Institution of Civil Engineers ICE
Civil engineers design, construct, maintain and improve the physical environment, including; bridges, tunnels, roads, railways, canals, dams, buildings, flood and coastal defences, airports and other large structures. The term ‘civil’ engineer was originally coined to distinguish it from military engineering, which was the main engineering discipline before the 18th century.
The Institution of Civil Engineers (ICE) is a charity and international membership organisation established to ‘foster and promote the art and science of civil engineering’. It was founded in 1818 and was granted a royal charter in 1828. Its head office is at One Great George Street in Westminster, London and it now represents approximately 80,000 members worldwide.
Its governing structure is established by its Royal Charter and by-laws and its governing body is the ICE Council.
- A qualifying body.
- A centre of excellence for civil engineering knowledge.
- A source of advice.
- A provider of resources to encourage innovation and excellence.
- A promoter of civil engineering, representing the profession to the wider industry, the press, the public, government, and in consultations.
- A provider of dispute resolution services.
Members of the ICE can use the letters MICE. In addition, it is possible to become an Associate Member (AMICE), Fellow, Affiliate, Companion, Technician Member (TMICE), graduate member or student member. Members are expected to comply with its Rules of Conduct and to undertake continuing professional development (CPD) as part of their Initial Professional Development (IPD) and throughout their career.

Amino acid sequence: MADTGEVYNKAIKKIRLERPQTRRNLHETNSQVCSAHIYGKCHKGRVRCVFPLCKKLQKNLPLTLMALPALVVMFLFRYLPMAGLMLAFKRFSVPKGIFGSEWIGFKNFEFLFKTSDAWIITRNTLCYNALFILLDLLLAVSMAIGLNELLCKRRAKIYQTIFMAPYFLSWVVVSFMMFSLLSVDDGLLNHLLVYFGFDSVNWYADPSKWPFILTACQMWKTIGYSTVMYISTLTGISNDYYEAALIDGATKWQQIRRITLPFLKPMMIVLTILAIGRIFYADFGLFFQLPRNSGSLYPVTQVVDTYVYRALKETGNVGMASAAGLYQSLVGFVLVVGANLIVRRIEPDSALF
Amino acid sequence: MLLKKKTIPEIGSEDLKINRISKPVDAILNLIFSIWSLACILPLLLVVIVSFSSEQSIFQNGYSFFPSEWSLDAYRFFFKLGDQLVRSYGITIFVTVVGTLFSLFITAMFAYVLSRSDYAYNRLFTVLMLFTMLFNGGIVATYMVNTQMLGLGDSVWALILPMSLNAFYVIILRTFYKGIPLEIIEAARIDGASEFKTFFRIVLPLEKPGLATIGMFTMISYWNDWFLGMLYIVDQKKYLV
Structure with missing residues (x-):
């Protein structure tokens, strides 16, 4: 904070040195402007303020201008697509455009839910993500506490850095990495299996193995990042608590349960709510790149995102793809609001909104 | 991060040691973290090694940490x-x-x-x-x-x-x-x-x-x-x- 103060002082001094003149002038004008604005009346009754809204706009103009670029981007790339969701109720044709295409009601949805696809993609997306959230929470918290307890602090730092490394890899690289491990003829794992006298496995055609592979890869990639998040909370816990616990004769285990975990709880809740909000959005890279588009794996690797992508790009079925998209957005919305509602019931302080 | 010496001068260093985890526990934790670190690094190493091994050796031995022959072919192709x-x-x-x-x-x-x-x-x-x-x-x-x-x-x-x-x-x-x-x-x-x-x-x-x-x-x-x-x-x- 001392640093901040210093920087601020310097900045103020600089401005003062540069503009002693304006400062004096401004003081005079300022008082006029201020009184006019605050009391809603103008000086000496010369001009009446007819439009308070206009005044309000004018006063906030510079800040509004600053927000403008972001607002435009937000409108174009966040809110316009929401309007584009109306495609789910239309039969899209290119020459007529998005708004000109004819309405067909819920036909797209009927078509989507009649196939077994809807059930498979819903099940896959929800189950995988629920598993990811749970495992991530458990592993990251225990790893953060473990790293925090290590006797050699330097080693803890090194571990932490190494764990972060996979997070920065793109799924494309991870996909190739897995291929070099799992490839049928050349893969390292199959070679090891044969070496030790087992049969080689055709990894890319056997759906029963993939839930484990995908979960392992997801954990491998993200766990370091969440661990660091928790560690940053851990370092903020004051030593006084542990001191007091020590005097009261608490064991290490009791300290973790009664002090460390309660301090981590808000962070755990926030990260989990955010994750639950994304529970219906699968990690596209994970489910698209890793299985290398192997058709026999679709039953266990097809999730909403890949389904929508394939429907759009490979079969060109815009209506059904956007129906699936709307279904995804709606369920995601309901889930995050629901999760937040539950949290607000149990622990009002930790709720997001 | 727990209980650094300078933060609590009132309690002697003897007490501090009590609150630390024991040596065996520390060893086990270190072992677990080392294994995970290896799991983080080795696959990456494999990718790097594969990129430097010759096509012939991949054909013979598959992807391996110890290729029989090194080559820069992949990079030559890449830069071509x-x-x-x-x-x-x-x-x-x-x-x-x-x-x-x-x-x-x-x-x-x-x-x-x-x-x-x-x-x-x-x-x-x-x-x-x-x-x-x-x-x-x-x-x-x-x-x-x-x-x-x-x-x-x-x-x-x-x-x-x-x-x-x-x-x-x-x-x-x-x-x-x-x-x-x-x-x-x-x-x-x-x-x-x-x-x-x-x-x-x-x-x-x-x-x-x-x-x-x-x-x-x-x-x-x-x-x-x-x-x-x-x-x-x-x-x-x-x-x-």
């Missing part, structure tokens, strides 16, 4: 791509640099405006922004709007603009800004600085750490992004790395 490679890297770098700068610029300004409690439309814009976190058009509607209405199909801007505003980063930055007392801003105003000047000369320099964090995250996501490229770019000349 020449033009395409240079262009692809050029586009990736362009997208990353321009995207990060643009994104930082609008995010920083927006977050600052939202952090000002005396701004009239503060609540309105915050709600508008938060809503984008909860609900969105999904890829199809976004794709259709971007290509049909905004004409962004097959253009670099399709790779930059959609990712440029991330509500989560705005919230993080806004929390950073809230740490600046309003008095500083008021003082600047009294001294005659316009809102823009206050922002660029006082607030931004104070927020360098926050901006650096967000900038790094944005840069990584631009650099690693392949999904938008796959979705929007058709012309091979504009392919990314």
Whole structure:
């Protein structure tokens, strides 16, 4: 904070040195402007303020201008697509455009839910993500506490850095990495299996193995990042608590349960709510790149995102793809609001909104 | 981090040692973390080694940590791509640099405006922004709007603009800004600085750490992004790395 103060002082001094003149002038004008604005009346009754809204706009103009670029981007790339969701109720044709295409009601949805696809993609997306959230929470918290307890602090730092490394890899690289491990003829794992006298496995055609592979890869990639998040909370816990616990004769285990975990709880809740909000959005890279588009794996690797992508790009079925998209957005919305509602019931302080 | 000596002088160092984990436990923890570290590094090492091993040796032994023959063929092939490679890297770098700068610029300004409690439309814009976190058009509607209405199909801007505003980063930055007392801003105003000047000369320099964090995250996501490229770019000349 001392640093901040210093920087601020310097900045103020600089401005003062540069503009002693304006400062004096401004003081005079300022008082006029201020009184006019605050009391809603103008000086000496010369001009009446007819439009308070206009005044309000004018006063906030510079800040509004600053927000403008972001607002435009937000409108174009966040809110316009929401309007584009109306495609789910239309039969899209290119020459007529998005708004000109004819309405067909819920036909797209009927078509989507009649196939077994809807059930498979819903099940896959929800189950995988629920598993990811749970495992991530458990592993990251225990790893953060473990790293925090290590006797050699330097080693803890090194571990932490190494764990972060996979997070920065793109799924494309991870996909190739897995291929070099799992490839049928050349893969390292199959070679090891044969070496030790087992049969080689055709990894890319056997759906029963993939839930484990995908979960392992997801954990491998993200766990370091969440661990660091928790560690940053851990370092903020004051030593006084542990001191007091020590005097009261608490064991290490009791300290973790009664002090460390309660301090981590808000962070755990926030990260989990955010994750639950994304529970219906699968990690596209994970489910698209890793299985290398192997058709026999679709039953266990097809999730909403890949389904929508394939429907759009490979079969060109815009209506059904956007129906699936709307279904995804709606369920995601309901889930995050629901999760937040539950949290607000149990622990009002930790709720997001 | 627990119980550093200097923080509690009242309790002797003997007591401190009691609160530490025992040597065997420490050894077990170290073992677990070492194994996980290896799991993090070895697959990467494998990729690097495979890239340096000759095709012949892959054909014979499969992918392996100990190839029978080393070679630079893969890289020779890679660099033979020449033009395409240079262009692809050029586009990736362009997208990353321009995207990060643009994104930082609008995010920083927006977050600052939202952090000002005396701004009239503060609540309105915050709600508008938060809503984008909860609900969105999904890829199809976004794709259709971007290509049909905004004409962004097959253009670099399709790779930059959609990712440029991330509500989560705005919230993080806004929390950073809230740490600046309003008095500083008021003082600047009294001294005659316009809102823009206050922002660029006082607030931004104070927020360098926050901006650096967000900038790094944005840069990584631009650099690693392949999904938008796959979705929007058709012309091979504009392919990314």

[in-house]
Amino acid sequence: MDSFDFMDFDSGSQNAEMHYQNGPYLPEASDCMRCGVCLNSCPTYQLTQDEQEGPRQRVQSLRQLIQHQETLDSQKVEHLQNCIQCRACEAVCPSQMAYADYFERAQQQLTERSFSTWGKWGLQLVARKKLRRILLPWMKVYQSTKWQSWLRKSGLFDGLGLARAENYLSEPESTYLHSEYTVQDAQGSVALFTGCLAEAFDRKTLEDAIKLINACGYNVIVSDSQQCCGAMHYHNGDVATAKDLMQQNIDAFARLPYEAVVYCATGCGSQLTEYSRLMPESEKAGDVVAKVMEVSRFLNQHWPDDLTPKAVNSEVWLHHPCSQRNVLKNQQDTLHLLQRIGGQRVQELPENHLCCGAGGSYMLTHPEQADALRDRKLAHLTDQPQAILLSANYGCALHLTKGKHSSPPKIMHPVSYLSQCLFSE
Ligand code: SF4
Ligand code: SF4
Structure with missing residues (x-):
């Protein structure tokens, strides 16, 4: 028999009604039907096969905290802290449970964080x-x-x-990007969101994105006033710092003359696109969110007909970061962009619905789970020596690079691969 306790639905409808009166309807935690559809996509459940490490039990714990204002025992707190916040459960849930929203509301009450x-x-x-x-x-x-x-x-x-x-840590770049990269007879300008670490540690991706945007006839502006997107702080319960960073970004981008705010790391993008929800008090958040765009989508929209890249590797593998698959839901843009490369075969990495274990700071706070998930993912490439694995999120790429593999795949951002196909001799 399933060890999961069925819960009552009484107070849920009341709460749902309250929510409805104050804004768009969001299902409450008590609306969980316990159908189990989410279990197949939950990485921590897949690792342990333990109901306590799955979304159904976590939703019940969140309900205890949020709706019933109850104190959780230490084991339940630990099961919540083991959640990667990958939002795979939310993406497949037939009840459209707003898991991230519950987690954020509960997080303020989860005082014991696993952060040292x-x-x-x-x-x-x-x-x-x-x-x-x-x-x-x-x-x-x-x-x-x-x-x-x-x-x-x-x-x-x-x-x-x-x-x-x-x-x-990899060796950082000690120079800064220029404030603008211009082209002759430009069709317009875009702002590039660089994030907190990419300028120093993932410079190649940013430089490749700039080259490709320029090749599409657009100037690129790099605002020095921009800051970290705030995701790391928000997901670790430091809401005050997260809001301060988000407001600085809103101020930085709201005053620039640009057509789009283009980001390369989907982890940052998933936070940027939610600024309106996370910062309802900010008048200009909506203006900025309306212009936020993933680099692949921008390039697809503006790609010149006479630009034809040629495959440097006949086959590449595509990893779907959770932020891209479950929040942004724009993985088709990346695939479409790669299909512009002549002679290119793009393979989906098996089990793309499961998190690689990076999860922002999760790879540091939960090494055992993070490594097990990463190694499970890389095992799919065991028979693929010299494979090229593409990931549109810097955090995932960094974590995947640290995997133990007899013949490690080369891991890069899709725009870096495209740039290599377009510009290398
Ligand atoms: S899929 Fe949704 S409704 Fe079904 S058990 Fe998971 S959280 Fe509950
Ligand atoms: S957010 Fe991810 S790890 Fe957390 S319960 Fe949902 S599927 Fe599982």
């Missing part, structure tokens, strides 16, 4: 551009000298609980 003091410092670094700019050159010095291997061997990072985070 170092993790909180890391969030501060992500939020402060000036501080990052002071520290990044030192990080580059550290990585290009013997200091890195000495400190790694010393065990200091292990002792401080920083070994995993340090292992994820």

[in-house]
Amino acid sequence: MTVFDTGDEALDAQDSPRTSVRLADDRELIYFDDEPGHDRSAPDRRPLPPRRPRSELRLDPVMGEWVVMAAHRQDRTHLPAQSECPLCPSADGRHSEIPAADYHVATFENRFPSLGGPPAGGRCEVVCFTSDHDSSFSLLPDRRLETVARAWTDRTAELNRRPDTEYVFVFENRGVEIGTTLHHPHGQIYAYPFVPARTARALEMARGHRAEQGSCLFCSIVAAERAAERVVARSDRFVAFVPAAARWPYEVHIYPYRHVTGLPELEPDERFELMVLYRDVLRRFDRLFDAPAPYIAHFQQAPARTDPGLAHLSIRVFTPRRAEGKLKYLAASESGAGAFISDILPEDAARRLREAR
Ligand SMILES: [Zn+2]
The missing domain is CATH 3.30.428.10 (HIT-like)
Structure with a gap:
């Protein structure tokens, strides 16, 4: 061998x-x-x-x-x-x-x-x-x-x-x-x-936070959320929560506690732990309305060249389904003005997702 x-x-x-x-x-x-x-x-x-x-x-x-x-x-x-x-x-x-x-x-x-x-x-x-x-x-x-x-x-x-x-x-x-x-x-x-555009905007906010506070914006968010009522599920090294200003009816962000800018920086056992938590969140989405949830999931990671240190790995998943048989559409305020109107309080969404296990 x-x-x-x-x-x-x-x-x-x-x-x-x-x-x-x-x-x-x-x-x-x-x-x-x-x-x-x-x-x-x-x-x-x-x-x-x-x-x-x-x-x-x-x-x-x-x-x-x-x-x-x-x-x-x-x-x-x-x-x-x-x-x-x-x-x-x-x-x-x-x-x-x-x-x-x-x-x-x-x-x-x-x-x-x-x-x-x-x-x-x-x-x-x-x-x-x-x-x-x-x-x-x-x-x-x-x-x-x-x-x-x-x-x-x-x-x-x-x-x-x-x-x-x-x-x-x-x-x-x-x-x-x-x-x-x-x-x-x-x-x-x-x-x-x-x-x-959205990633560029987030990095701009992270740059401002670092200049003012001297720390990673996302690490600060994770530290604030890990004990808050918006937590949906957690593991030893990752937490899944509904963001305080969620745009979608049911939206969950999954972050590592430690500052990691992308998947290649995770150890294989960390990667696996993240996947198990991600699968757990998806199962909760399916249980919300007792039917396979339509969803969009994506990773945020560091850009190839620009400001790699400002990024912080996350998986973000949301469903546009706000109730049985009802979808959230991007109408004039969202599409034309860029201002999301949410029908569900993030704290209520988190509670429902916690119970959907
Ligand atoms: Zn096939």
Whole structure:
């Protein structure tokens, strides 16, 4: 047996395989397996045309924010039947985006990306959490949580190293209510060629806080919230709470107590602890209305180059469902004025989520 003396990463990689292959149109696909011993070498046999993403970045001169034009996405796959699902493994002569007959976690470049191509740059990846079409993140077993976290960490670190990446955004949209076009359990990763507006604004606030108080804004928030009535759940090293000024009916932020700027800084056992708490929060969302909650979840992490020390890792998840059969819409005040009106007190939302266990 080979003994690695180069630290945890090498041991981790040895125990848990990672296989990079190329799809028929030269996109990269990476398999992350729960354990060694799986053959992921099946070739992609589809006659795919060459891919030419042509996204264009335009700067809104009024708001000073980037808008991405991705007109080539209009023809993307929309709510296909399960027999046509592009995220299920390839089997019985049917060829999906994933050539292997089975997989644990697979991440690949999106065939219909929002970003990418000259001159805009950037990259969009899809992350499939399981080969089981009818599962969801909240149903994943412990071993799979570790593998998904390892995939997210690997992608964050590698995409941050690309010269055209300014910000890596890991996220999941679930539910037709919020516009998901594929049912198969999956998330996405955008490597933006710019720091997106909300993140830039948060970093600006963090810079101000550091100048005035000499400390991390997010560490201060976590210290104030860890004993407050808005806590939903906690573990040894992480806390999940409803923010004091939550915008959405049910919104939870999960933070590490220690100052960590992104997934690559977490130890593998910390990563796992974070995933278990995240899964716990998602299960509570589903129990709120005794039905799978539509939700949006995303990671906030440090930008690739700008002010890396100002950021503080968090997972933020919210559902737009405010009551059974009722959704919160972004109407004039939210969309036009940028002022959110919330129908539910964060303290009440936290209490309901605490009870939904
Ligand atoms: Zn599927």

In 2007, the ICE Council adopted the following definition of civil engineering, ‘Civil Engineering is a vital art, working with the great sources of power in nature for the wealth and well-being of the whole of society. Its essential feature is the exercise of imagination to engineer the products and processes, and develop the people needed to create and maintain a sustainable natural and built environment. It requires a broad understanding of scientific principles, a knowledge of materials and the art of analysis and synthesis. It also requires research, team working, leadership and business skills. A civil engineer is one who practises all or part of this art.'
 Related articles on Designing Buildings Wiki
- Building services engineer.
- Civil engineer.
- Construction industry institutes and associations.
- Diversity in the construction industry.
- Engineering Council.
- History of the Institution of Civil Engineers.
- Institution of Structural Engineers.
- Institute of Engineering and Technology.
- Structural engineer.
 External references
Featured articles and news
What is liquidation and how does it apply to contractors in the construction industry?
Scrutiny is placed on Carillion's controversial 2013 decision to extend subcontractor payment terms to 120 days.
RSHP unveil their involvement in a boundary crossing which will provide a new entry point into Hong Kong.
With PFI currently under the spotlight due to Carillion, this introductory article explains what they are.
Estimates suggest that up to 30,000 small firms could be at risk of non-payment as a result of Carillion's collapse.
Sir Oliver Letwin to lead an independent review into the delays in the delivery of housing.
As Carillion collapses, read our article explaining insolvency in the construction industry.
43,000 jobs at risk as Carillion declares insolvency..
1961 saw the publication of three important books about urban design that remain relevant today.
Next week the planning fee increases by 20% and new fees are introduced.
How the transformative power of BIM and other digital technologies can be used to gain a competitive edge.